It is interesting that there are many who will claim allegiance and, perhaps, even submission to God, but who will not teach or practice submission to the authorities that He has ordained. Jesus said, "If you love me, keep my commandments" (Jn. 14:15). "If someone says, 'I love God,' and hates his brother, he is a liar; for he who does not love his brother whom he has seen, how can he love God whom he has not seen?" (1 Jn. 4:20). Likewise, if people say that they are submitting to God's authority, but they are unsubmissive to those He has put in authority, they are liars; for they who do not submit to those whom they can see, how can they submit to God whom they have not seen?

The refusal on the part of many to submit to anybody willingly reflects our general attitude toward God. It is then no wonder that our culture has departed so quickly from scriptural standards and has embraced doctrines that feed our pride and selfishness.

That the world's unsubmissive attitudes have encroached on professing Christians is seen in the way in which the role of elders is being addressed. Elders are supposed to be men who are qualified to lead, oversee and rule, but that can be hard to do with a bunch of unsubmissive goats. Elders are being told by some that they lead only by example. Is this the only way in which parents, husbands and governments exercise their God-given authority? Indeed, example is a powerful teacher and must be used, but to restrict oversight to example only is foolishness. How does one obey (Heb. 13:17) another man's exemplary behavior, and how would such a limited role be worthy of double honor (1 Tim. 5:17)?

Some argue that elders can't legislate. What is meant by this? Are governments allowed to legislate? May husbands legislate? What about parents? Certainly, no man is authorized to make laws that contradict scripture, but is any human authority allowed to rule by making specific application of biblical principles to their realm of oversight? Governments, husbands and fathers can forbid those they rule to smoke tobacco, but elders who attempt such are accused of lording it over the flock. Husbands and fathers may rightly expect the wife and children to attend a family devotion, but some think that elders don't have that authority.

Do not misunderstand. I am not suggesting that elders need to get busy making rules. Good shepherds ought to be able enough in their teaching and handling of God's word (1 Tim. 3:2; Tit. 1:9), and flocks ought to be submissive enough that literal legislation is unnecessary. However, often the practical application of scripture to promote or condemn specific action is called legislation by those who have no interest in submitting to the shepherds' guidance. Also, there are often general obligations that churches have (assembling, edification, benevolence, etc.) that involve liberties in how they are accomplished (times, frequency, curriculum, budget). Some liberties are expedient and others are not. When elders make decisions in these realms, the flock should submit.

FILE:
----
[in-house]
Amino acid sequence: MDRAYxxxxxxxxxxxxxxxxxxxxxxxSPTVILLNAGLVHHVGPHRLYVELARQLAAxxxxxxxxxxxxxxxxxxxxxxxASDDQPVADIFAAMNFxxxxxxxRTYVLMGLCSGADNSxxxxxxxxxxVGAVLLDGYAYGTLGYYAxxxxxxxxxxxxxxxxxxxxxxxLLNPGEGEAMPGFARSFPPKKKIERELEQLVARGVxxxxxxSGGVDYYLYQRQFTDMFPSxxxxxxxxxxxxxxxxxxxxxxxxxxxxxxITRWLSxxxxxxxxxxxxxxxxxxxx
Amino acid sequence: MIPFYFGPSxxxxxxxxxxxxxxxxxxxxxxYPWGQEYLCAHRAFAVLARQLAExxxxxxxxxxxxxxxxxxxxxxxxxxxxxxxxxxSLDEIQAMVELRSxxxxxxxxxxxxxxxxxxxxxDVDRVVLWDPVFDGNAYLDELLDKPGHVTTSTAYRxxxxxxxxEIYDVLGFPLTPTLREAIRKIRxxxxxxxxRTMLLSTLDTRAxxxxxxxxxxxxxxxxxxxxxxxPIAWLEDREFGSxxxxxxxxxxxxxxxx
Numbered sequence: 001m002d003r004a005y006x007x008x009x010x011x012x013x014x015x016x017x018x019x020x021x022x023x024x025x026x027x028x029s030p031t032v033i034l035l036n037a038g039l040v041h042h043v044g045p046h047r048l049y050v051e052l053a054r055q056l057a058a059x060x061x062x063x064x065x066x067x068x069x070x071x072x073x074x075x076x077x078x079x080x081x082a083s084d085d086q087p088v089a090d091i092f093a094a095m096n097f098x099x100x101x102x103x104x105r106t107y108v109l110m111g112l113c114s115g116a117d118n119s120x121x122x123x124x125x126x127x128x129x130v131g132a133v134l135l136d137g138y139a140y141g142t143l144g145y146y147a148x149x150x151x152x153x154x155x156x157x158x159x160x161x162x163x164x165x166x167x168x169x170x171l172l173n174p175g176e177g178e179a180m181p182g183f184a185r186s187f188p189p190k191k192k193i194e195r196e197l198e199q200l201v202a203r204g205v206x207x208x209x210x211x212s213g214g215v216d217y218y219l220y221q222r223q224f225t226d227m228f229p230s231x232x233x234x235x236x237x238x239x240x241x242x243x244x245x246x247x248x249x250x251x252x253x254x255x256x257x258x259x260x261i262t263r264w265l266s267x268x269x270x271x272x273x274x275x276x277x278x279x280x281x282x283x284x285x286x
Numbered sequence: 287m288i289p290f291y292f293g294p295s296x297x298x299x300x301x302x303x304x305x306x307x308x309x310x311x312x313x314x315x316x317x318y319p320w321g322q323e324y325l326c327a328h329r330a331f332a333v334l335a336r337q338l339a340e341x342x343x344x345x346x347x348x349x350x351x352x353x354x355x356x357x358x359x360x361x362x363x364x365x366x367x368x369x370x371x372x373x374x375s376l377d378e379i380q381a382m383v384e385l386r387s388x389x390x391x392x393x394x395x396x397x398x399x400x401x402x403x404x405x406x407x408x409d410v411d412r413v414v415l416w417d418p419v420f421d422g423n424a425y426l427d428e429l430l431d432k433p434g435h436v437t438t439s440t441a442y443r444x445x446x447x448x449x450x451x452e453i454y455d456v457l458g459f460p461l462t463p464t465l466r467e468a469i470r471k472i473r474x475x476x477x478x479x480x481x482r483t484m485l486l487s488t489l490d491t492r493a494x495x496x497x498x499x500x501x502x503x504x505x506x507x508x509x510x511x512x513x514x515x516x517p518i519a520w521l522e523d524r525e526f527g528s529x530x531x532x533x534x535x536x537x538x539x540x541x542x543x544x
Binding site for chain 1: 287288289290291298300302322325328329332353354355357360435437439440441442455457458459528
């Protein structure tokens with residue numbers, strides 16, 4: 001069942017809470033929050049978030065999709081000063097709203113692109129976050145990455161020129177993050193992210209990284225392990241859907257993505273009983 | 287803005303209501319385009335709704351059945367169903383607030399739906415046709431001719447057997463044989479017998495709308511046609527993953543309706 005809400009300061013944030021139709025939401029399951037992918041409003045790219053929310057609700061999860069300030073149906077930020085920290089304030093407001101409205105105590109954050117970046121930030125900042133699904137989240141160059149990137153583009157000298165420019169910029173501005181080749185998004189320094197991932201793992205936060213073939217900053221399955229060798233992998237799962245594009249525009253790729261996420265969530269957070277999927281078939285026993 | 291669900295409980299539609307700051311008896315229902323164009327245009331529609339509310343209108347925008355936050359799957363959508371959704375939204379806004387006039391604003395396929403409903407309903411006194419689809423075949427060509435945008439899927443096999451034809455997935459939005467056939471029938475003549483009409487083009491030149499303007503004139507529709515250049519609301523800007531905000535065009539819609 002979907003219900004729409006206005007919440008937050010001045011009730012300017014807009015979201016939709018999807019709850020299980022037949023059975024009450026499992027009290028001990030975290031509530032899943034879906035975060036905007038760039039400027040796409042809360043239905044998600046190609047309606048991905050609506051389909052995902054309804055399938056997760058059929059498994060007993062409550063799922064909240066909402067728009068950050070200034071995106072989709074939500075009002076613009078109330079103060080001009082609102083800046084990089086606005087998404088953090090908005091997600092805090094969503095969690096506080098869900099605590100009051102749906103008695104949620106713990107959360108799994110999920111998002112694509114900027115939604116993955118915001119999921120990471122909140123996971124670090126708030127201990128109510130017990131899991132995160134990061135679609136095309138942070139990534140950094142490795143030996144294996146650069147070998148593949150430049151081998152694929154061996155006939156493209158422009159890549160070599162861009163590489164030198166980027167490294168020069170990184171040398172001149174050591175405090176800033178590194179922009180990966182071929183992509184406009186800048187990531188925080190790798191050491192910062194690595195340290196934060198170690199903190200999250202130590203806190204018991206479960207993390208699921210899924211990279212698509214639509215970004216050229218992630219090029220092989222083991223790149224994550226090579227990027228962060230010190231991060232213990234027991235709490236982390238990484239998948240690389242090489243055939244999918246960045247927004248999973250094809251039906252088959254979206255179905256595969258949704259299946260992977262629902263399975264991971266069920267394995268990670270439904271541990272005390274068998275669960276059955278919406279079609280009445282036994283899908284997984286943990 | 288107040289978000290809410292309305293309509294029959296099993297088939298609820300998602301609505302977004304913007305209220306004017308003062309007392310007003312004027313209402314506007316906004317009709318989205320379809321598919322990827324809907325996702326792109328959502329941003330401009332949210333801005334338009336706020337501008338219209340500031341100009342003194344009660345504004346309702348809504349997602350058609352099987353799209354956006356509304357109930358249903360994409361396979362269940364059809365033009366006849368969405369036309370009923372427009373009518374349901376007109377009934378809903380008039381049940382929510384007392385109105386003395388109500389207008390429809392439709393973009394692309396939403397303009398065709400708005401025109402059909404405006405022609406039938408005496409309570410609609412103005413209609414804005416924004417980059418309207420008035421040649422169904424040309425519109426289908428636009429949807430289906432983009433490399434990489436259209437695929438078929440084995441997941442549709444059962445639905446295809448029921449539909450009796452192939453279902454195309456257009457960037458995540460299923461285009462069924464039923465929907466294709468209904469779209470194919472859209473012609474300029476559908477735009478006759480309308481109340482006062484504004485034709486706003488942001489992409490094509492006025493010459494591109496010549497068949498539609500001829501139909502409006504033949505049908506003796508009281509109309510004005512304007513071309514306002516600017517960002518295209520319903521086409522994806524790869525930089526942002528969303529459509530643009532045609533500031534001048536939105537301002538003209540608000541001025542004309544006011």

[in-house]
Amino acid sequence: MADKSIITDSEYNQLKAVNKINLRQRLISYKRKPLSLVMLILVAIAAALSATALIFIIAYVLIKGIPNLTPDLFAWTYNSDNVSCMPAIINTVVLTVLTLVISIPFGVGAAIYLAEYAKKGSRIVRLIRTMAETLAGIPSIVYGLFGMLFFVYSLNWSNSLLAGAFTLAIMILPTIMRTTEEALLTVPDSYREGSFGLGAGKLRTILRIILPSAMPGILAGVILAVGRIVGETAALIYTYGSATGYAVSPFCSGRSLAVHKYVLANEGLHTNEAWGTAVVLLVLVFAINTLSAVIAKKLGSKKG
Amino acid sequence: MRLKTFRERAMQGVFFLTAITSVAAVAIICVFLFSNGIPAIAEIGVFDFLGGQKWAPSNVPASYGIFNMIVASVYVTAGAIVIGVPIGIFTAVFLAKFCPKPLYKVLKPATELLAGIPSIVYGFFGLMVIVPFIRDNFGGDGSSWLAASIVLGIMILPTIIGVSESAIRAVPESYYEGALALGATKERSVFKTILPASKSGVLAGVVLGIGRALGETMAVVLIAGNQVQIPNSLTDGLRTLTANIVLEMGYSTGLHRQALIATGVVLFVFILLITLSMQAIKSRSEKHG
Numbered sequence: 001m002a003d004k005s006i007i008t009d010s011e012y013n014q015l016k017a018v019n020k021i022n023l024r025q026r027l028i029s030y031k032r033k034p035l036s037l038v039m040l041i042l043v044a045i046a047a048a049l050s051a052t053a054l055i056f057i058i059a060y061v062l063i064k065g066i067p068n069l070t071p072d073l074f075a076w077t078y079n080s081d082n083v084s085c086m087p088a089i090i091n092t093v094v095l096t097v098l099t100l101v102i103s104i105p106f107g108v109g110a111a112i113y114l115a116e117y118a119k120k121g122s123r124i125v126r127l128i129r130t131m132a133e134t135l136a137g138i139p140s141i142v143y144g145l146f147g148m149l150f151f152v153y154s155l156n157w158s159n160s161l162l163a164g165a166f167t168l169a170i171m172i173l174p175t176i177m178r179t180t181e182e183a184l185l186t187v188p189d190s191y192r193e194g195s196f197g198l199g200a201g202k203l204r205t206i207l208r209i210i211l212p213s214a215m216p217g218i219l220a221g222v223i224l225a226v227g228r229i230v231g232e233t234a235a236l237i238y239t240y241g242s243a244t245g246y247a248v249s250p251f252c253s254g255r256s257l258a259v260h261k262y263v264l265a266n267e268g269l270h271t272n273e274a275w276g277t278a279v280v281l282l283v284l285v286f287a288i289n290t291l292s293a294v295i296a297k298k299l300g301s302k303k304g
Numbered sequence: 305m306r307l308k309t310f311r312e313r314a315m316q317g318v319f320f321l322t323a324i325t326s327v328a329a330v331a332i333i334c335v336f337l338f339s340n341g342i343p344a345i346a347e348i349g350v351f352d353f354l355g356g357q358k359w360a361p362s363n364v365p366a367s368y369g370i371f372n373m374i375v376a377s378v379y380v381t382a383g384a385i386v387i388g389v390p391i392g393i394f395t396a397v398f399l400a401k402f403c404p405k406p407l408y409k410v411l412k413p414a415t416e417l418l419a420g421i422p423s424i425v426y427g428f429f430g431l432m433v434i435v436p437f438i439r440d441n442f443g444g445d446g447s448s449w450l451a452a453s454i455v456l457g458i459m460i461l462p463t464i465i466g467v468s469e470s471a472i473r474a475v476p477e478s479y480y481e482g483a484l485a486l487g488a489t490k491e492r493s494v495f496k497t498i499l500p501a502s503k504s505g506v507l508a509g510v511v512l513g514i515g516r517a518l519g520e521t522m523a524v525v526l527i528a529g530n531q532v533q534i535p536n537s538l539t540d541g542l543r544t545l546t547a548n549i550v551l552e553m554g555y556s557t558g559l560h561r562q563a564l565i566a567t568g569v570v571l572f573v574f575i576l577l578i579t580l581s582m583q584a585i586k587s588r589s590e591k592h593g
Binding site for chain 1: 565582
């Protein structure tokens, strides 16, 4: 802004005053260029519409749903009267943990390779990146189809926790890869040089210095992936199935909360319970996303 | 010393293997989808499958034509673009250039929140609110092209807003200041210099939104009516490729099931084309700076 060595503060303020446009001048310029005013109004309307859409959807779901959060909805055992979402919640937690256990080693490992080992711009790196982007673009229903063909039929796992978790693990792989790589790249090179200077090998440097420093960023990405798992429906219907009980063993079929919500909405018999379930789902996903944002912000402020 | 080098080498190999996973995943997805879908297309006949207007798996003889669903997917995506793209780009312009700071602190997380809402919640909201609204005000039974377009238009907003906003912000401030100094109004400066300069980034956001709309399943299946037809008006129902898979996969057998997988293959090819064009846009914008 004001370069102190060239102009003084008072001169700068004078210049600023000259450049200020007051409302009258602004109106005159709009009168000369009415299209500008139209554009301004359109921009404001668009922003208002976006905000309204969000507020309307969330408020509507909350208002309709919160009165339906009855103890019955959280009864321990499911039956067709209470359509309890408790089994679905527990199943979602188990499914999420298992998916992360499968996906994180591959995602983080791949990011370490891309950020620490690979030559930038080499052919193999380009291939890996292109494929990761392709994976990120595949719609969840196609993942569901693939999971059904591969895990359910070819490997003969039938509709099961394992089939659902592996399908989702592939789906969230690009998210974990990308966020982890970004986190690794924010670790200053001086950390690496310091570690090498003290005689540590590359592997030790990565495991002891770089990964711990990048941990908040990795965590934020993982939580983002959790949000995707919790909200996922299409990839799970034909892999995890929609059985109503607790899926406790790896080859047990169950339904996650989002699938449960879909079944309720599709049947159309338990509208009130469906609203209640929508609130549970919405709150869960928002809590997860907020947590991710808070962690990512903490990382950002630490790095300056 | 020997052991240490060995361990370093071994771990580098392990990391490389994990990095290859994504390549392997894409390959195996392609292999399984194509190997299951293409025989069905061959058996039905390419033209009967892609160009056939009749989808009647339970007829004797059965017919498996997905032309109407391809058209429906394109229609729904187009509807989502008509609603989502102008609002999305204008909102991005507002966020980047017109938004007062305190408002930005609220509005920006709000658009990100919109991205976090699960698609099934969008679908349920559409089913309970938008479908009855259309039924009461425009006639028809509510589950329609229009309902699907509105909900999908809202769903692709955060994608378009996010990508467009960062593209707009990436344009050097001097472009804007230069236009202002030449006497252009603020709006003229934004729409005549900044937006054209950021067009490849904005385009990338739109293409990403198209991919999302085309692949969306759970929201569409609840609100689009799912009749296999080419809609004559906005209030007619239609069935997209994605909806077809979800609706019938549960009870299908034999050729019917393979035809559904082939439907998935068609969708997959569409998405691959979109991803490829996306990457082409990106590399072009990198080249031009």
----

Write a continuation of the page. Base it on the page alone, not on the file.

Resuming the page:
In all of our relationships to various authorities, the true indicator of a submissive spirit is not merely when we submit to an authority's decision that we agree with, but when we humbly submit in matters of judgment in which we disagree. The unsub-missive spirit automatically elevates to the realm of conscience any and all issues on which there is disagreement. This is disingenuous. The submissive spirit yields to her husband, his boss, the policeman, the elders, the parents.

On the other hand, God has just as clearly spoken on the responsibility of those to whom He has given authority. As God is gracious and benevolent, He expects those in authority to be the same. God will not tolerate the abuse of power. As the submissive spirit honors and obeys those in authority, the same spirit motivates those in positions of authority to be caring and sensitive to those they are to lead.

God calls for children to honor and obey their parents; but He insists that fathers not provoke their children to wrath but train them in the ways of the Lord (Eph. 6:4). God tells wives to be in subjection to their husbands, but husbands are commanded to love their wives as Christ loved the church (Eph. 5:25). Husbands are to treat their wives as joint-heirs of the grace that God has offered and live with them in an understanding way (1 Pet. 3:7). Elders are warned not to lord over the flock (1 Pet. 5:3).

For those in positions of authority to selfishly misuse those positions is to forget that they also have a Master in heaven to whom they must answer. God is not going to show partiality just because one is in a position of authority and another is not (Eph. 6:9).